The World Junior Championship is set to begin on Christmas Day, and the tournament’s warm-up games have already started. The warm-ups have already seen highlights, such as Montreal Canadiens’ prospect Cole Caufield’s nasty backhander against Finland.
This article won’t focus on snazzy players who are known top talents such as Caufield, but it will take a look at the tournament’s under-the-radar, sleeper players.
Yegor Chinakhov (Right Wing, Russia)
Yegor Chinakhov was selected 21st overall by the Columbus Blue Jackets in the 2020 NHL Entry Draft. This was the shocker of the draft, as he was un-ranked on many lists and was nowhere near the first round on lists where he was ranked. But this move already seems to have paid off in spades for Columbus. In the 2020-21 KHL season, he has scored eight goals and added seven assists in 27 games played. His 15 points rank sixth on his team, Omsk Avangard, and ranks first in the KHL among U-20 players.
Chinakhov isn’t just known for his offensive ability, as he is a 200-foot player who forechecks. Basically, he’s a perfect fit for a team coached by John Tortorella.
“While on the forecheck, Chinakhov understands how to efficiently spin away from the opponent’s pressure along the boards and keep plays alive. He often prefers to serve as a playmaker at the right half-wall, and on the Avangard powerplay, he is usually stationed on the right side of the team’s set-up. He spent time in this role with Team Russia at the Karjala Cup last month. His positioning, 200-ft game, and ability to positively influence his team’s pressure in the offensive zone are impressive for a 19-year-old rookie in the KHL. He has averaged 13:36 of ice time per game this season but has played as much as 21:34. This is a high-IQ player who has turned many heads since his selection at the NHL Draft earlier this year.”Kevin Wong, Dobber Prospects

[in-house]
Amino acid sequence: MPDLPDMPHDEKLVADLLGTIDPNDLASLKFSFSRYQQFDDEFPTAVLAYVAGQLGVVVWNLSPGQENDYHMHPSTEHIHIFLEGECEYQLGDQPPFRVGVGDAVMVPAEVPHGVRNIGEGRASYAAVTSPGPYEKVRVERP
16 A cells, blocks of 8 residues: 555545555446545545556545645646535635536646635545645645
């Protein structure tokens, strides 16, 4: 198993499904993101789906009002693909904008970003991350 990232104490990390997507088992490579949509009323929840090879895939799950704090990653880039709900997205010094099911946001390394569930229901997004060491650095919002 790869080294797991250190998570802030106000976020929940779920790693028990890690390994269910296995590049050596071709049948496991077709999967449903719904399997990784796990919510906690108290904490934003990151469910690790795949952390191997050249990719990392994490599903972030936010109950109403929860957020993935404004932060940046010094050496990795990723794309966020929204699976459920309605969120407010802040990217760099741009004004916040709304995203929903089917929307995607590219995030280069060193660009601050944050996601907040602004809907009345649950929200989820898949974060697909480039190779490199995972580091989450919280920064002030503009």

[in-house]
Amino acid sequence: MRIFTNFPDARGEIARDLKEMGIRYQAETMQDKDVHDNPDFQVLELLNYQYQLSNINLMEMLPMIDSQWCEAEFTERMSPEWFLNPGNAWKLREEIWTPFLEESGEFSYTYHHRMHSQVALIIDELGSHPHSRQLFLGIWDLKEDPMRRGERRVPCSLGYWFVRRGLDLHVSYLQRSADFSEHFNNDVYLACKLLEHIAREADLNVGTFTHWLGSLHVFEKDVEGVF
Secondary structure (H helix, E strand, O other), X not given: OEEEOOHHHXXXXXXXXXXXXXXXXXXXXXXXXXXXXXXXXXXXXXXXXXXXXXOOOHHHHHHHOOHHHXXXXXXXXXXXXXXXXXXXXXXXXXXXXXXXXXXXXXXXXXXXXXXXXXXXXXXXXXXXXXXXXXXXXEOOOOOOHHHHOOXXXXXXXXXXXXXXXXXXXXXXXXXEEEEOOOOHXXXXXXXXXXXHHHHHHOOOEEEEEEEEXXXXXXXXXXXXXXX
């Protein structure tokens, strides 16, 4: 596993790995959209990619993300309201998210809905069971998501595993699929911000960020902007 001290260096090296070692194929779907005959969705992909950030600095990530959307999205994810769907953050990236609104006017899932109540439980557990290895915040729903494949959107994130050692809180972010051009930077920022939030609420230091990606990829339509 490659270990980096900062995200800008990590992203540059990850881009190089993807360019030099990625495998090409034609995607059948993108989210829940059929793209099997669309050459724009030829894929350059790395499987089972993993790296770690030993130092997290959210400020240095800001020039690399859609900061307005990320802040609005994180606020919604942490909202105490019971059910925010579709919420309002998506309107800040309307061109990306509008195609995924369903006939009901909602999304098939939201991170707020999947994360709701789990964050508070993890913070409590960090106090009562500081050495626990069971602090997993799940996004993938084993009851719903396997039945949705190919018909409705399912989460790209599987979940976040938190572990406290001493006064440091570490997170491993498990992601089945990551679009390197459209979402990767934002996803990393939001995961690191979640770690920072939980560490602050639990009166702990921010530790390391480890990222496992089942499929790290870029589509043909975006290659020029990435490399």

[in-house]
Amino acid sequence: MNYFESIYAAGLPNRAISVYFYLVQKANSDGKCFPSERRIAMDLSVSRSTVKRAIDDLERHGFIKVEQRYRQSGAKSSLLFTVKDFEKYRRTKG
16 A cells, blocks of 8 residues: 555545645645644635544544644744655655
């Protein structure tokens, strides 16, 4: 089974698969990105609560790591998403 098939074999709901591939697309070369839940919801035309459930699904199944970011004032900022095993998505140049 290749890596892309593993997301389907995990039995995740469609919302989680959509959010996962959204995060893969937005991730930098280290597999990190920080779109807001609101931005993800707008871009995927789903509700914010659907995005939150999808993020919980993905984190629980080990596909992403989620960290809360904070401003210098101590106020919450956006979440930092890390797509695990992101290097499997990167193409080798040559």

Surprisingly, Chinakhov is still flying under the radar. He wasn’t among The Hockey Writers Top 3 Russians to watch, despite being more prominent offensively than either Vasily Podkolzin or Rodion Amirov. Both Podkolzin and Amirov are prospects for big hockey markets (Toronto and Vancouver), and both overshadow Chinakhov.
Chinakhov has been the most impressive KHL player on the squad (minus goaltender Yaroslav Askarov) and should turn heads in the tournament with his offensive prowess and two-way play.
Philip Tomasino (Center/Right Wing, Canada)
Canada, as per the norm, has a star-studded roster and are a gold medal favourites. Some of the players on the team include Bowen Byram (2019 fourth overall pick); Quinton Byfield (second overall pick in 2020); Dylan Cozens (2019 seventh overall pick); Jamie Drysdale (2020 sixth overall pick); and this is without Kirby Dach, who’ll miss the tournament after suffering a fractured wrist during a warm-up game. But even with all their talent, that doesn’t mean you should overlook Philip Tomasino.
19-year-old Tomasino will want to make the most of his first and final U-20 World Junior Championship. He dominated in the U-18 World Junior Championship in 2019, posting five points in six games. However, this is his first opportunity to play in the tournament that is watched globally.